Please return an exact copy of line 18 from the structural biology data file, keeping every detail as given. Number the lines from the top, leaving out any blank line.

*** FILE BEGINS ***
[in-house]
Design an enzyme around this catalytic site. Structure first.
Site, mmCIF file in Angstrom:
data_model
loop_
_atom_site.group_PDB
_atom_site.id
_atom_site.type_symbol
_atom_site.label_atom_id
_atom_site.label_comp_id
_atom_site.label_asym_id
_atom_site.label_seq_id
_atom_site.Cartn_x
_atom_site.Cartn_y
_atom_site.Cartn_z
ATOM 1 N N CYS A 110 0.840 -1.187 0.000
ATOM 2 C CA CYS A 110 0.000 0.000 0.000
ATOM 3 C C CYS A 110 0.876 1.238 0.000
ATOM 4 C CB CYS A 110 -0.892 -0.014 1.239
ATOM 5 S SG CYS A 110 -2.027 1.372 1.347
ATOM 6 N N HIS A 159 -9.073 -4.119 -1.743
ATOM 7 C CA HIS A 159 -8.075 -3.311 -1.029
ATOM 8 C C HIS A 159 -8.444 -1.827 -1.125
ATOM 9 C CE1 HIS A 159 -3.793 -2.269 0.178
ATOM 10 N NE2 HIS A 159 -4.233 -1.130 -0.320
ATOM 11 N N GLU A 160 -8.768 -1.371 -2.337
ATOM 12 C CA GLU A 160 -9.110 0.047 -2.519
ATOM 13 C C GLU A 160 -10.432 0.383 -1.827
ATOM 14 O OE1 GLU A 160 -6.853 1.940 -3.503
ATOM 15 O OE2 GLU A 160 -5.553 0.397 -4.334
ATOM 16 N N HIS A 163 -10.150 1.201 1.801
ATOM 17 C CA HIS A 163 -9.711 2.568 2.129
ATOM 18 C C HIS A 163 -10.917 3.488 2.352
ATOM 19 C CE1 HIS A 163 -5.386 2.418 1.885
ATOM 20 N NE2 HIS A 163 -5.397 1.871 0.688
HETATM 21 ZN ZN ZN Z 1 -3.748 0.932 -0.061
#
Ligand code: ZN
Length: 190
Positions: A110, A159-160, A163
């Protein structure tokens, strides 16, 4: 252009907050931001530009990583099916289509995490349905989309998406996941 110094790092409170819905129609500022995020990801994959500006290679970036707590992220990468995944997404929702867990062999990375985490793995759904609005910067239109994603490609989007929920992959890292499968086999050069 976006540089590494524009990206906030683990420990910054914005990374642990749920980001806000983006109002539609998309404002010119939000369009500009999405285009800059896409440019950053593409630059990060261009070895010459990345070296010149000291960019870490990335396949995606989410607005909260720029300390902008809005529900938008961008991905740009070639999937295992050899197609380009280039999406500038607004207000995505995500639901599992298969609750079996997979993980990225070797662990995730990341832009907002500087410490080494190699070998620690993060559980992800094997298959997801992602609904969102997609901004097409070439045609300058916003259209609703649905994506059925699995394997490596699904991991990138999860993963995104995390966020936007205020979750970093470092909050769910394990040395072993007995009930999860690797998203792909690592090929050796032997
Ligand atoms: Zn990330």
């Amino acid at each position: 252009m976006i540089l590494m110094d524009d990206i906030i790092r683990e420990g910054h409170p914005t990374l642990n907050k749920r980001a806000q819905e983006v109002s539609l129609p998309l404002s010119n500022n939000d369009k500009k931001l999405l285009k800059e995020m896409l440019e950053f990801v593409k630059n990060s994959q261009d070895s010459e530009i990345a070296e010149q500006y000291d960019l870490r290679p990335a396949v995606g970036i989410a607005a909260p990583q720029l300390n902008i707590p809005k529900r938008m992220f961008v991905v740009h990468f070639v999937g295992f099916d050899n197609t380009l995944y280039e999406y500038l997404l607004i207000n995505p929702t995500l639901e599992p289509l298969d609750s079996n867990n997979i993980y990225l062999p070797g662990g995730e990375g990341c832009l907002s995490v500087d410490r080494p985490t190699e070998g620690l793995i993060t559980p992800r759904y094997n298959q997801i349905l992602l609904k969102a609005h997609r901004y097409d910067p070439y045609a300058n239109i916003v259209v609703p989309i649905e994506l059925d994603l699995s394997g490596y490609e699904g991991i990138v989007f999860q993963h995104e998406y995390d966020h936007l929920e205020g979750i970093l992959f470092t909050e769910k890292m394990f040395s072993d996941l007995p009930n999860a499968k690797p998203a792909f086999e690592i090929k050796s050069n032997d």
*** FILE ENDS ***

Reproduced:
ATOM 3 C C CYS A 110 0.876 1.238 0.000